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Looking Up

State of the States 2012 shows the recovery continues

While the commercial casino industry saw its national revenue picture flatten out in 2010 after two years of declining revenue, the economic impact data for 2011 paints an even rosier picture of a commercial casino industry that is well on its way to slow and steady recovery—which should give everyone in the industry reason to be optimistic. This national economic impact data and more can be found in the newly released 2012 “State of the States: The AGA Survey of Casino Entertainment.”

In 2011, commercial casino revenues reached $35.64 billion, which was an increase of 3 percent compared with 2010 figures. Direct gaming tax contributions to state and local governments also continued to rebound in 2011, totaling $7.93 billion, an increase of 4.5 percent compared to 2010 numbers.

These and other positive economic indicators are welcome news to all of us in the industry, and things are beginning to turn around for the gaming equipment manufacturing sector, too. After two years of contraction, the manufacturing sector, on the strength of continued gaming expansion around the world, posted gains in revenue, employment and wages during 2011. Revenue sourced to the manufacturing sector was $12.3 billion in 2011—a robust 7 percent increase compared to 2010 figures. A full analysis of the sector, prepared by Nevada-based Applied Analysis on behalf of the Association of Gaming Equipment Manufacturers, can be found in the new State of the States.

While the economic impact figures in State of the States give empirical evidence of some of the many benefits of casinos—jobs, economic development and tax revenue—the firsthand experience of civic and political leaders in casino communities provides even greater insight into how casinos truly impact the local jurisdictions they call home.

This year’s State of the States report reprises a 2005 survey of civic and political leaders in casino communities, and the results show that the surveyed leaders view the gaming industry, and the positive impact casinos have on their communities, in an overwhelmingly favorable light.

The study, conducted by VP Communications, Inc. in conjunction with national pollster Peter D. Hart, polled 210 elected officials and civic leaders from casino counties in commercial casino states, excluding Nevada. More than three-quarters of those surveyed (78 percent) have lived in their area for more than 20 years. These individuals not only know their communities well, but many have the experience and personal history to evaluate their communities before and after the introduction of casinos.

The survey results indicate that, according to community leaders, casinos have more than delivered on their promises of jobs, economic development and tax revenues, and those benefits can be felt throughout communities. More than half of the community leaders surveyed say casinos have done a good job of providing quality jobs (53 percent) and contributing to local economic activity (52 percent). Seven out of 10 (70 percent) leaders think that casinos do a good job contributing tax revenue, and nearly three out of five (58 percent) agree that casinos do a good job generating area tourism.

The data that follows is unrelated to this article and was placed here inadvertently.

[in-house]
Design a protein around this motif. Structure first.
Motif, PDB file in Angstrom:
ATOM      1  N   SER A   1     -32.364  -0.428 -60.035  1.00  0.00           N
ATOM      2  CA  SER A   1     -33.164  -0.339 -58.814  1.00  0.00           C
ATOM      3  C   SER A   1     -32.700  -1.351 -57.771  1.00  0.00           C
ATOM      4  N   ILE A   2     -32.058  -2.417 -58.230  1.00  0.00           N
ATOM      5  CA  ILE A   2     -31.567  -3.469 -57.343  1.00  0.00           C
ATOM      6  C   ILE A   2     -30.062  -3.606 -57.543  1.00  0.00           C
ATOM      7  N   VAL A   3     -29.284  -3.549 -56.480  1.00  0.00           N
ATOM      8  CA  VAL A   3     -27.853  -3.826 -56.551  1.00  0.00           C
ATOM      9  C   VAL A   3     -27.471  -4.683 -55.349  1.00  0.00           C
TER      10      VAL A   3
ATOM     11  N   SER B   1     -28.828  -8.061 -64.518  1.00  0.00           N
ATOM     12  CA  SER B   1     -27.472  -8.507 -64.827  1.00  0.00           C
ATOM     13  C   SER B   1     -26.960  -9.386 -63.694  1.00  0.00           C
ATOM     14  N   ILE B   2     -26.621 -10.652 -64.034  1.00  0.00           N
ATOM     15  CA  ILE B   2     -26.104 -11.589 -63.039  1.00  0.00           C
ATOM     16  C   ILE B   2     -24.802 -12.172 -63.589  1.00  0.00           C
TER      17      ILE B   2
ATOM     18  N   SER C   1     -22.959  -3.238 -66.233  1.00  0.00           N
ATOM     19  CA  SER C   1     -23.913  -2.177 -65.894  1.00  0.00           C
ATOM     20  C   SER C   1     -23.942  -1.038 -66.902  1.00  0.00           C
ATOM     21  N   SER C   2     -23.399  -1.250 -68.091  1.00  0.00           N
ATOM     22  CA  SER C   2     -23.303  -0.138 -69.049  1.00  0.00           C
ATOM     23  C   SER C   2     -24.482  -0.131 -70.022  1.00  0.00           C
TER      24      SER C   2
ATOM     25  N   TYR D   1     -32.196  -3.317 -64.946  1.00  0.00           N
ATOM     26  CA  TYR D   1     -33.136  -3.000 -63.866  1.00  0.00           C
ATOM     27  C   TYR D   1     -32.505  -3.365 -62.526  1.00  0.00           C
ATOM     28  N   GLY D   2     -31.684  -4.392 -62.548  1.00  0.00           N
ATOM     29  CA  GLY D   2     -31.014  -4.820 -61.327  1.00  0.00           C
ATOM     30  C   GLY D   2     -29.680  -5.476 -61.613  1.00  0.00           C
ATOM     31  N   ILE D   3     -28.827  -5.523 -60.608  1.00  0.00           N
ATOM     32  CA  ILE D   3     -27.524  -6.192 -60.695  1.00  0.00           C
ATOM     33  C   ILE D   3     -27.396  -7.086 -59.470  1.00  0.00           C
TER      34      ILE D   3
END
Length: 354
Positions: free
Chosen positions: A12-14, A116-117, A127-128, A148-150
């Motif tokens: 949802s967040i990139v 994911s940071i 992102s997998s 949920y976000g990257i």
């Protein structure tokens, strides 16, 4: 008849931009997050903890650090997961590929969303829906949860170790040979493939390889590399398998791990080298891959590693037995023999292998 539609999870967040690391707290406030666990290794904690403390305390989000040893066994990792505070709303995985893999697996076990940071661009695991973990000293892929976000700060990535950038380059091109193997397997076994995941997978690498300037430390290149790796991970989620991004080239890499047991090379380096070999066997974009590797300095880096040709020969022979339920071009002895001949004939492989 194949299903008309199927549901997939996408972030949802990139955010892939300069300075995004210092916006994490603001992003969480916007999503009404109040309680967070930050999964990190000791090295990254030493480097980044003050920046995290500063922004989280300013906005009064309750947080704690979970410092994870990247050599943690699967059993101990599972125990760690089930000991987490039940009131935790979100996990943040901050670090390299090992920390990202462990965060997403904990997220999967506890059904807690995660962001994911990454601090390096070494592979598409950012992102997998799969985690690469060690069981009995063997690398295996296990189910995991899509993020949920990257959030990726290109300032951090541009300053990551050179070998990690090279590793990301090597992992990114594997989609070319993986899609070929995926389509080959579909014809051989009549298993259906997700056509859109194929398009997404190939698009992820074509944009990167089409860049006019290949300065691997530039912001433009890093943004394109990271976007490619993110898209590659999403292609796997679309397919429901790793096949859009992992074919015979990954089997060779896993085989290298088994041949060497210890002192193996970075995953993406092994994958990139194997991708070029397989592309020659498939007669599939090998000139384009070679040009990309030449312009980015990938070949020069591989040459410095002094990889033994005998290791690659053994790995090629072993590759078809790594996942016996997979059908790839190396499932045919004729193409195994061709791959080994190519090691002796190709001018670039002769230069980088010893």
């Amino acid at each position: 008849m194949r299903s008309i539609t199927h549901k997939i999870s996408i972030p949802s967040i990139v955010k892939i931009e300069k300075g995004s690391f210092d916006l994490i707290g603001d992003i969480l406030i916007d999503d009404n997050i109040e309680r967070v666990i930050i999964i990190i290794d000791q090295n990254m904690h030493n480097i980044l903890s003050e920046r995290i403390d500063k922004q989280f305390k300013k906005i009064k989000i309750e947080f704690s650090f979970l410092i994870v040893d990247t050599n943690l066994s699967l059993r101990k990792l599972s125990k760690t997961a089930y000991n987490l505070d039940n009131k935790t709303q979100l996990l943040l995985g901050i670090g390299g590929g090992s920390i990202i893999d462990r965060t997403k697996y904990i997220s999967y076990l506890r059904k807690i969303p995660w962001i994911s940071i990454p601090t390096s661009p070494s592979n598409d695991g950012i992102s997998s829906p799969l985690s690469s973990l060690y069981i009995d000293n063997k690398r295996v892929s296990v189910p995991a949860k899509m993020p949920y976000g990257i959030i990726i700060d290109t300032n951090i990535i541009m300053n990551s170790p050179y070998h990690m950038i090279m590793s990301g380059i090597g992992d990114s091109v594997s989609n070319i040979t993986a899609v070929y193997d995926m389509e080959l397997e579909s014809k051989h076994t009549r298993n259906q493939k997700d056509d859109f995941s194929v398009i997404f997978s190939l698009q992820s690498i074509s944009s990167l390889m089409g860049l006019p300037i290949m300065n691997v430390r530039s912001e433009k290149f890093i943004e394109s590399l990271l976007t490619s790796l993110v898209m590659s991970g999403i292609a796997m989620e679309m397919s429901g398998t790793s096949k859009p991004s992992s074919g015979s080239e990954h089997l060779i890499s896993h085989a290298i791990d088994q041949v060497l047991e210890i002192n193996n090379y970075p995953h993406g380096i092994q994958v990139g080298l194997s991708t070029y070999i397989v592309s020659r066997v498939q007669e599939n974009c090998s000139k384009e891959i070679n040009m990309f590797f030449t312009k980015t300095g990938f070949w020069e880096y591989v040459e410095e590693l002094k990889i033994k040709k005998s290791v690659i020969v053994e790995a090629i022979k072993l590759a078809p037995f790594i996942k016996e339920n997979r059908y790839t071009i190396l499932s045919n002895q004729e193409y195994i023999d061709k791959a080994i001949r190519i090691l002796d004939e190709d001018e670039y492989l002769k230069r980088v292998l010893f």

Specifically, in regards to tax revenue, nearly three-quarters (71 percent) of leaders say that casinos generate a net tax increase because the taxes are derived from money from outside the area or that would not have been spent otherwise. Those revenues are put to good use, as well more than half (57 percent) of the community leaders say that casino tax contributions have allowed their communities to avoid cutting key programs or start new projects that would not have been possible otherwise.

In addition to highlighting the many benefits casinos bring to local areas, surveyed community leaders also indicate the social ills so many anti-gaming activists claimed would accompany casinos have never materialized. For example, more than three-quarters (76 percent) of community leaders say that casinos have done more to help than hurt other area businesses. Also, almost nine out of 10 (88 percent) say major problems like crime, prostitution and a tarnished image for their community have never come to pass. I’m also happy to report that nearly three-quarters (74 percent) of the surveyed leaders think that casinos are good corporate citizens.

When all is said and done, an overwhelming majority (83 percent) of community leaders says that the overall impact of casinos in their area has been positive, and the same proportion (83 percent) say that the introduction of casinos has met or exceeded their expectations. This is especially impressive given the fact that 70 percent of community leaders had positive reactions to the idea of casinos from the start.

Perhaps the most telling survey result is that, when everything is taken into account, more than three-quarters (76 percent) of community leaders surveyed would choose to vote “yes” if given the chance to go back and cast the deciding vote to allow casinos in their communities.

State of the States also polls the general public about its attitudes toward casino gambling, and this year’s result—81 percent of Americans view casino gaming as acceptable for themselves or others—is in line with survey results during the past decade.

All in all, this year’s State of the States includes a lot of good news for the gaming industry. Not only is our industry continuing to recover, but our community partners are overwhelmingly supportive and appreciative of the benefits we bring, despite all of the recent economic challenges we have experienced. These signs point to a strong future, and make it easy to be optimistic about the positive growth ahead.

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